Consumers spent less and pursued deep discounts on this year’s biggest retail holiday.
According to a National Retail Federation survey, Black Friday shoppers spent an average of $289.19 over Thanksgiving weekend, which was slightly lower from $299.60 in 2015. More than 154 million consumers shopped from Friday to Sunday and utilized many Black Friday promotions.
“It was a strong weekend for retailers, but an even better weekend for consumers, who took advantage of some really incredible deals,” NRF President and CEO Matthew Shay said. “In fact, over one third of shoppers said 100 percent of their purchases were on sale.”
While the weekend’s sales increased shopper turnout, many consumers favored e-tailers over brick-and-mortar stores for their gift purchases. Over the weekend, 44 percent of consumers shopped online meanwhile 40 percent of consumers visited stores.
Black Friday was the most popular online shopping day, with 74 percent of consumers visiting e-commerce platforms, followed by Saturday, where almost half (49 percent) of consumers bought presents online. Consumers also shopped in-store the most on Black Friday (75 percent) and Saturday (40 percent). Thanksgiving remained an unpopular retail day, with only 36 percent of consumers shopping online and only 35 percent of consumers shopping at brick-and-mortar stores.
Millennials also remained a catalyst for Black Friday shopping, with 56 percent shopping in-store and 62 percent shopping online over the weekend.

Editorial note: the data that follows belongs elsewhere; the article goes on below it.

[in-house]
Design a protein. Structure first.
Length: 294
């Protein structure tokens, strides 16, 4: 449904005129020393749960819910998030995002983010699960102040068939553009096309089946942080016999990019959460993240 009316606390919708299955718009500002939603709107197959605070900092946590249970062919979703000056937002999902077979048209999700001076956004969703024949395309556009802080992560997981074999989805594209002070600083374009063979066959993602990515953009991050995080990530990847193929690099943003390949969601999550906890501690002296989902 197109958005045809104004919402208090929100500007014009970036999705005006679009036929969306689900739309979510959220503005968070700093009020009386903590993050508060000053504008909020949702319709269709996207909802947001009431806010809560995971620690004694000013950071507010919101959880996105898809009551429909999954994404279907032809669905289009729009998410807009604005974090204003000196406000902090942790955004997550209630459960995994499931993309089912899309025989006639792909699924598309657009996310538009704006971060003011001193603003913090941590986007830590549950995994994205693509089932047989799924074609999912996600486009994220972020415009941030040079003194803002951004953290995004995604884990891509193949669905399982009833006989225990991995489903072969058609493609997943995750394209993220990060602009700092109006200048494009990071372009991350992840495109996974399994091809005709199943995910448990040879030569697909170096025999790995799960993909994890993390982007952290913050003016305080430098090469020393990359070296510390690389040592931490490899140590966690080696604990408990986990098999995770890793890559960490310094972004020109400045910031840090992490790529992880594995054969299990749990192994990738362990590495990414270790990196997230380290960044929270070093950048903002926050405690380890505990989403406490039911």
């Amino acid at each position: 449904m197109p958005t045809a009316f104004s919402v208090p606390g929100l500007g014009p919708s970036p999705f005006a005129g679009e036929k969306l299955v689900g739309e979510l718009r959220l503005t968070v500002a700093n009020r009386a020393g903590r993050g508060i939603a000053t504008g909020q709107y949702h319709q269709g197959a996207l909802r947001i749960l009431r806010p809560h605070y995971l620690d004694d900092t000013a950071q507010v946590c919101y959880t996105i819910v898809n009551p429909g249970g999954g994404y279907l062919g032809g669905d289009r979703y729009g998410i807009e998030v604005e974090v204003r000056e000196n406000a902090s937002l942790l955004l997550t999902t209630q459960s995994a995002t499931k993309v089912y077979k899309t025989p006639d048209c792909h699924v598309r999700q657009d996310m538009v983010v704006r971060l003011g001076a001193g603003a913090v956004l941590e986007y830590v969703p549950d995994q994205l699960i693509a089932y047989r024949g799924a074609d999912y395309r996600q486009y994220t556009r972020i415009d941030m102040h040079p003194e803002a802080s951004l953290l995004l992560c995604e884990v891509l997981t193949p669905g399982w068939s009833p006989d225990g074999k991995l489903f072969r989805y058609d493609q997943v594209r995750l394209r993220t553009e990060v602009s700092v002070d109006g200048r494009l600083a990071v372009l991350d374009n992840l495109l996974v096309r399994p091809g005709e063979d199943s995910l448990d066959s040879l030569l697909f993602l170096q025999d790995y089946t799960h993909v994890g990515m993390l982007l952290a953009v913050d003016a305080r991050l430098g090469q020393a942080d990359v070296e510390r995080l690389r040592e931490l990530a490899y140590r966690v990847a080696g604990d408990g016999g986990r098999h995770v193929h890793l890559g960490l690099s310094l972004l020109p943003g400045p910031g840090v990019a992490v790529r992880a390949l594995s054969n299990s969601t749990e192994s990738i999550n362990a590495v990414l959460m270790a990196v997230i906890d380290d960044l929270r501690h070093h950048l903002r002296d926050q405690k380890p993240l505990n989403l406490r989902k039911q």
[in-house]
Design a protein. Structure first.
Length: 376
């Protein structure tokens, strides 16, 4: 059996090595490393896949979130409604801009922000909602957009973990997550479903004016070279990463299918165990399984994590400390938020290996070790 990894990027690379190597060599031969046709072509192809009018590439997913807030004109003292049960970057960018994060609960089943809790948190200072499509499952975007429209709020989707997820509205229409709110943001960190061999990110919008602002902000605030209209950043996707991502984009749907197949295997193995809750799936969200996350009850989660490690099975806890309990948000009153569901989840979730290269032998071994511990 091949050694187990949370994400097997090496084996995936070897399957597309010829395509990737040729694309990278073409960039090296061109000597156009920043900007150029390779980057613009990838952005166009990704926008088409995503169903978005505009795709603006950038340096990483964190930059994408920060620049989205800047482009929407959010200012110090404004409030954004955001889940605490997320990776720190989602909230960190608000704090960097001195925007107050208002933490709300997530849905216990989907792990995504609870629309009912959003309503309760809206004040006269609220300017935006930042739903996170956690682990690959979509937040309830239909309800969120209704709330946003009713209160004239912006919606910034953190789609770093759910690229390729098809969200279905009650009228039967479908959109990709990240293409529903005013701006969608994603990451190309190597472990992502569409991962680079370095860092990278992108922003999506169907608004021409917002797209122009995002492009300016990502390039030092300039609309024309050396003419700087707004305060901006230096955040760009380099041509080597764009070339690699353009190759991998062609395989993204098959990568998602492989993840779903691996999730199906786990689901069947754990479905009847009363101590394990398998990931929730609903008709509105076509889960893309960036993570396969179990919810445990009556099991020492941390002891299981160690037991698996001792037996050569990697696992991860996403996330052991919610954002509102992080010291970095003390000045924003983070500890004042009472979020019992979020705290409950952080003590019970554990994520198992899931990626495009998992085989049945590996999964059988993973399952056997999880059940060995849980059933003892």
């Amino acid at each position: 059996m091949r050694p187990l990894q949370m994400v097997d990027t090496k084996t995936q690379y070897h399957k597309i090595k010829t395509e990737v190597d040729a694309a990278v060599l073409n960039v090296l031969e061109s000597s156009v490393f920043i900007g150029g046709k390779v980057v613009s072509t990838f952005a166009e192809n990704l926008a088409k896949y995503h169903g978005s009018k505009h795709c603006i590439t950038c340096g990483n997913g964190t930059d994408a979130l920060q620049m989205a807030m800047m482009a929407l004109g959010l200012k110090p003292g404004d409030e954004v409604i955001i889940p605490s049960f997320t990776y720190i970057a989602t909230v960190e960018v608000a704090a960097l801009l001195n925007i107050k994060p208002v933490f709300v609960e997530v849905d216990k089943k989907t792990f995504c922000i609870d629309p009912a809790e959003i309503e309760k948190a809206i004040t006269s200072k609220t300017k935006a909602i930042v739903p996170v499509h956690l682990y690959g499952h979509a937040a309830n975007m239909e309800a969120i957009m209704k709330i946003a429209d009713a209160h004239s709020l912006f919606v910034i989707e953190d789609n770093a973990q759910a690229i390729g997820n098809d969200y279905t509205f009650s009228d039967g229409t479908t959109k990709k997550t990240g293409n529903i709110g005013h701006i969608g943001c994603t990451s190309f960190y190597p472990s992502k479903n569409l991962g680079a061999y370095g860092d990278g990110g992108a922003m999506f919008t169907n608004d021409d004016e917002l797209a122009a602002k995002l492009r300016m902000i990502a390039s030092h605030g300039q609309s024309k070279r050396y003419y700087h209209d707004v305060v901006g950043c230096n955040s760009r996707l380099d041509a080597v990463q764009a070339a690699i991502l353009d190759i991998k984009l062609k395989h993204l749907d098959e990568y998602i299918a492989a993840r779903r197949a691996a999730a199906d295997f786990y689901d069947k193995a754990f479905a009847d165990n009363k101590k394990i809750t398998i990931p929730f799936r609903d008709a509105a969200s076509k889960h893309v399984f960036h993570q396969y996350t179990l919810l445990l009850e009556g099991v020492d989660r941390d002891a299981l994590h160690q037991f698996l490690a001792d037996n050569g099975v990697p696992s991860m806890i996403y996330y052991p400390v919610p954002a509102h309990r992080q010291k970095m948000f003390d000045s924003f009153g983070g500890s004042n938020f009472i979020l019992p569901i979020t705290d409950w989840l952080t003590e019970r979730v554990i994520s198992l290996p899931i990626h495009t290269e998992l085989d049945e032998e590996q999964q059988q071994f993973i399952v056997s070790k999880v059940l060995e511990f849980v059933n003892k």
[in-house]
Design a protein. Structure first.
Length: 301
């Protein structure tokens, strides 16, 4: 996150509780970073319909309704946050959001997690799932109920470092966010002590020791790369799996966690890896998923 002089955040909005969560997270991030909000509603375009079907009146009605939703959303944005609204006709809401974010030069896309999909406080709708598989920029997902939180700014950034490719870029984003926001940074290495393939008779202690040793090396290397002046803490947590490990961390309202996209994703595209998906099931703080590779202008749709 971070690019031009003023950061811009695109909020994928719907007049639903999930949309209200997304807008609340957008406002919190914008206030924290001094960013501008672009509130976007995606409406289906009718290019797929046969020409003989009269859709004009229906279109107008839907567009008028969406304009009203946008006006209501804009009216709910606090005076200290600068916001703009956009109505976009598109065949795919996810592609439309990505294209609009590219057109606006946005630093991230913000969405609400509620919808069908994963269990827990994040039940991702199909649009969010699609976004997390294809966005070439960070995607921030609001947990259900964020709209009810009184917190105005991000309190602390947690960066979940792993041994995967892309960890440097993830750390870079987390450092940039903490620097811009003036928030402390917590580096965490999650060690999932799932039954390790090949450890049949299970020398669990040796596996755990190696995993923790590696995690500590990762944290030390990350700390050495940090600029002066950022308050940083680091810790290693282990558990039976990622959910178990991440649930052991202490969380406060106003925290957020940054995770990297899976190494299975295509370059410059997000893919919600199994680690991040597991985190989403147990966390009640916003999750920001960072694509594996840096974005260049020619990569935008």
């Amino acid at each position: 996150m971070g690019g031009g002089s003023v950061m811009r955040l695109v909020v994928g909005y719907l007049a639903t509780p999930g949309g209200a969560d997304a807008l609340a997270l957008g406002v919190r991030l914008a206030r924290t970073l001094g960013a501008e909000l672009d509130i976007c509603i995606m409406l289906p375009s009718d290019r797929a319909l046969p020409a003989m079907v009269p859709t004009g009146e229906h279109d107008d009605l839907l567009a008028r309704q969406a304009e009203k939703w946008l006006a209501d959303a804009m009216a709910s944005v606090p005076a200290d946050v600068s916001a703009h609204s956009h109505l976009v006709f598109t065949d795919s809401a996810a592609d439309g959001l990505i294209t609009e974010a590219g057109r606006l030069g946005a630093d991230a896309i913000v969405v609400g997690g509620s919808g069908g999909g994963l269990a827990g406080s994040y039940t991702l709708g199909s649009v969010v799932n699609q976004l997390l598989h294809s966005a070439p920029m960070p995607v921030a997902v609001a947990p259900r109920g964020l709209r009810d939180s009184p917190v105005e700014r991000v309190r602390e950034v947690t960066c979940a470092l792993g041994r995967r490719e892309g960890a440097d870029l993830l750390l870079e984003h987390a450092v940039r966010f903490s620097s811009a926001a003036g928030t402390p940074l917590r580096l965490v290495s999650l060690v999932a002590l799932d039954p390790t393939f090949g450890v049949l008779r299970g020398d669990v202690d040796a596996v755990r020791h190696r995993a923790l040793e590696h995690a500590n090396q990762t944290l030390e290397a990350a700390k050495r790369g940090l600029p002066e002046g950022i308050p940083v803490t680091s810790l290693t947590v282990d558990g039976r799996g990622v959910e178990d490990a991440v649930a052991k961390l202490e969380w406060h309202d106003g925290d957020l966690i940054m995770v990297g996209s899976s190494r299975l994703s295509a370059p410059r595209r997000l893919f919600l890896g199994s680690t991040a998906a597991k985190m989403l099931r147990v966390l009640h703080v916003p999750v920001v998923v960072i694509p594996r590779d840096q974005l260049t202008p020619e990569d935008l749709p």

“Millennials are keeping retailers on their toes when it comes to Thanksgiving weekend shopping not just for their friends and family, but also themselves,” Prosper’s principal analyst Pam Goodfellow said. She added, “However, millennials are not the only ones taking advantage of great promotions, today’s consumers, across ages, are savvy about when and where they shop.”
With the intention of spending less, consumers actively searched for good deals over the weekend. Of those that shopped in-store, 50 percent said that the deals were irresistible and too good to pass up. Furthermore, clothing remained the top gifts purchased over the weekend, with 50 percent of consumers buying apparel items for loved ones and themselves.
Although Thanksgiving weekend ended on a positive note for consumers, Shay advised that retailers should still modify their branding strategies and continue to offer consumers exclusive discounts.
“With mid-season shopping behind us, it’s not too late for retailers to tweak their online and in-store strategies to help increase traffic and see a big payoff during the last few weeks of the holiday season,” Shay said.
Black Friday may be over, but retailers still have the opportunity to attract consumers that are always on the hunt for good holiday bargains.